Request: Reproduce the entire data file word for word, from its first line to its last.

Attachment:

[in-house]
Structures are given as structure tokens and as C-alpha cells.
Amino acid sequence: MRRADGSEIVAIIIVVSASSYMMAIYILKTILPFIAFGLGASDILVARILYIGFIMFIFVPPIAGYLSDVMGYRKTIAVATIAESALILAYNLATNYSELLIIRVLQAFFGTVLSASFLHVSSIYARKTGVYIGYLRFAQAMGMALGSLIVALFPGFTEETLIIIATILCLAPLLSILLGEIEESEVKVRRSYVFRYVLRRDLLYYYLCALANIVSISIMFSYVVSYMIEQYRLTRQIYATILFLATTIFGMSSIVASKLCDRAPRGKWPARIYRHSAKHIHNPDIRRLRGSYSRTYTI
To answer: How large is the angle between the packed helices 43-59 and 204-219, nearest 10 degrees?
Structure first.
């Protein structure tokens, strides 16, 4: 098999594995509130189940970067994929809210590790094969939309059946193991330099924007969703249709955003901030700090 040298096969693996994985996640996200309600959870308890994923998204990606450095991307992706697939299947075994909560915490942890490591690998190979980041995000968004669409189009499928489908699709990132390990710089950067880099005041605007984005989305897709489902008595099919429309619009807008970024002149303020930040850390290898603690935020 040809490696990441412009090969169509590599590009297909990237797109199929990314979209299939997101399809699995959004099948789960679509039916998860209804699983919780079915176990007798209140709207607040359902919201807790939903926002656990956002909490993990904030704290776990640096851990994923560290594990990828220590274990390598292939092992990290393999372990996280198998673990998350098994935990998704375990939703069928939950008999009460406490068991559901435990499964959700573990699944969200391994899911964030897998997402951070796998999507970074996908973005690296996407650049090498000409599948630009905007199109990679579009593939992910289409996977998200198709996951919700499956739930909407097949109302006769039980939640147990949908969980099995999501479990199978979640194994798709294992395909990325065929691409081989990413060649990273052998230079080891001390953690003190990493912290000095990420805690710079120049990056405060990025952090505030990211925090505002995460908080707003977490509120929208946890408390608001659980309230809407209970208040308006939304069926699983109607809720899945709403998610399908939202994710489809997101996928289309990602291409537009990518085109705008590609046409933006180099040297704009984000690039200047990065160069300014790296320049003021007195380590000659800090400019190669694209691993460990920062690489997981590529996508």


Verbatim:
[in-house]
Structures are given as structure tokens and as C-alpha cells.
Amino acid sequence: MRRADGSEIVAIIIVVSASSYMMAIYILKTILPFIAFGLGASDILVARILYIGFIMFIFVPPIAGYLSDVMGYRKTIAVATIAESALILAYNLATNYSELLIIRVLQAFFGTVLSASFLHVSSIYARKTGVYIGYLRFAQAMGMALGSLIVALFPGFTEETLIIIATILCLAPLLSILLGEIEESEVKVRRSYVFRYVLRRDLLYYYLCALANIVSISIMFSYVVSYMIEQYRLTRQIYATILFLATTIFGMSSIVASKLCDRAPRGKWPARIYRHSAKHIHNPDIRRLRGSYSRTYTI
To answer: How large is the angle between the packed helices 43-59 and 204-219, nearest 10 degrees?
Structure first.
């Protein structure tokens, strides 16, 4: 098999594995509130189940970067994929809210590790094969939309059946193991330099924007969703249709955003901030700090 040298096969693996994985996640996200309600959870308890994923998204990606450095991307992706697939299947075994909560915490942890490591690998190979980041995000968004669409189009499928489908699709990132390990710089950067880099005041605007984005989305897709489902008595099919429309619009807008970024002149303020930040850390290898603690935020 040809490696990441412009090969169509590599590009297909990237797109199929990314979209299939997101399809699995959004099948789960679509039916998860209804699983919780079915176990007798209140709207607040359902919201807790939903926002656990956002909490993990904030704290776990640096851990994923560290594990990828220590274990390598292939092992990290393999372990996280198998673990998350098994935990998704375990939703069928939950008999009460406490068991559901435990499964959700573990699944969200391994899911964030897998997402951070796998999507970074996908973005690296996407650049090498000409599948630009905007199109990679579009593939992910289409996977998200198709996951919700499956739930909407097949109302006769039980939640147990949908969980099995999501479990199978979640194994798709294992395909990325065929691409081989990413060649990273052998230079080891001390953690003190990493912290000095990420805690710079120049990056405060990025952090505030990211925090505002995460908080707003977490509120929208946890408390608001659980309230809407209970208040308006939304069926699983109607809720899945709403998610399908939202994710489809997101996928289309990602291409537009990518085109705008590609046409933006180099040297704009984000690039200047990065160069300014790296320049003021007195380590000659800090400019190669694209691993460990920062690489997981590529996508």